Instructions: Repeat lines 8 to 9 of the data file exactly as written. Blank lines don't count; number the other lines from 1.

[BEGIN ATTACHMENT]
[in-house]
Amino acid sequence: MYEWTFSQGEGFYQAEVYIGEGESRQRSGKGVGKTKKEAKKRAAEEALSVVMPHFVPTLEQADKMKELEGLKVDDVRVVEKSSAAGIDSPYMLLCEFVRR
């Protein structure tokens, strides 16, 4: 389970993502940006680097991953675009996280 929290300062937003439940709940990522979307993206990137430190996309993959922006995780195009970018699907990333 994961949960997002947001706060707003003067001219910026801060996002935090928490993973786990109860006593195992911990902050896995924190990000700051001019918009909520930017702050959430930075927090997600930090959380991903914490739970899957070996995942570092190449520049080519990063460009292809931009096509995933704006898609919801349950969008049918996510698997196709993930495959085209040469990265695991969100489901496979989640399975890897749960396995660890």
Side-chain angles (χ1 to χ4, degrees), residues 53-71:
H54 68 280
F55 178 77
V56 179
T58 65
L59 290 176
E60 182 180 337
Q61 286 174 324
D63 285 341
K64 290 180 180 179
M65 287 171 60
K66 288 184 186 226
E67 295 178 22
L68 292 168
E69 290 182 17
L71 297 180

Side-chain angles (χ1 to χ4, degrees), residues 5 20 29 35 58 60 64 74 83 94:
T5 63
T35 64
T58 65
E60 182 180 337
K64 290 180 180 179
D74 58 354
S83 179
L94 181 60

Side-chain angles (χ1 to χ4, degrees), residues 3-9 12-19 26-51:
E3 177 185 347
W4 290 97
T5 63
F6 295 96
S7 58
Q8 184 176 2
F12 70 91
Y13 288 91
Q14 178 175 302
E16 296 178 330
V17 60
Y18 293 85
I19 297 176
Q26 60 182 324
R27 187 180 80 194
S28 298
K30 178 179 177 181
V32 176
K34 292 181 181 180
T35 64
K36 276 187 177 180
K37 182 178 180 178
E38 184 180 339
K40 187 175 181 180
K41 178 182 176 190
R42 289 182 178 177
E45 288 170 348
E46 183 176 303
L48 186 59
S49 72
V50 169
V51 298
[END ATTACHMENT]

T58 65
L59 290 176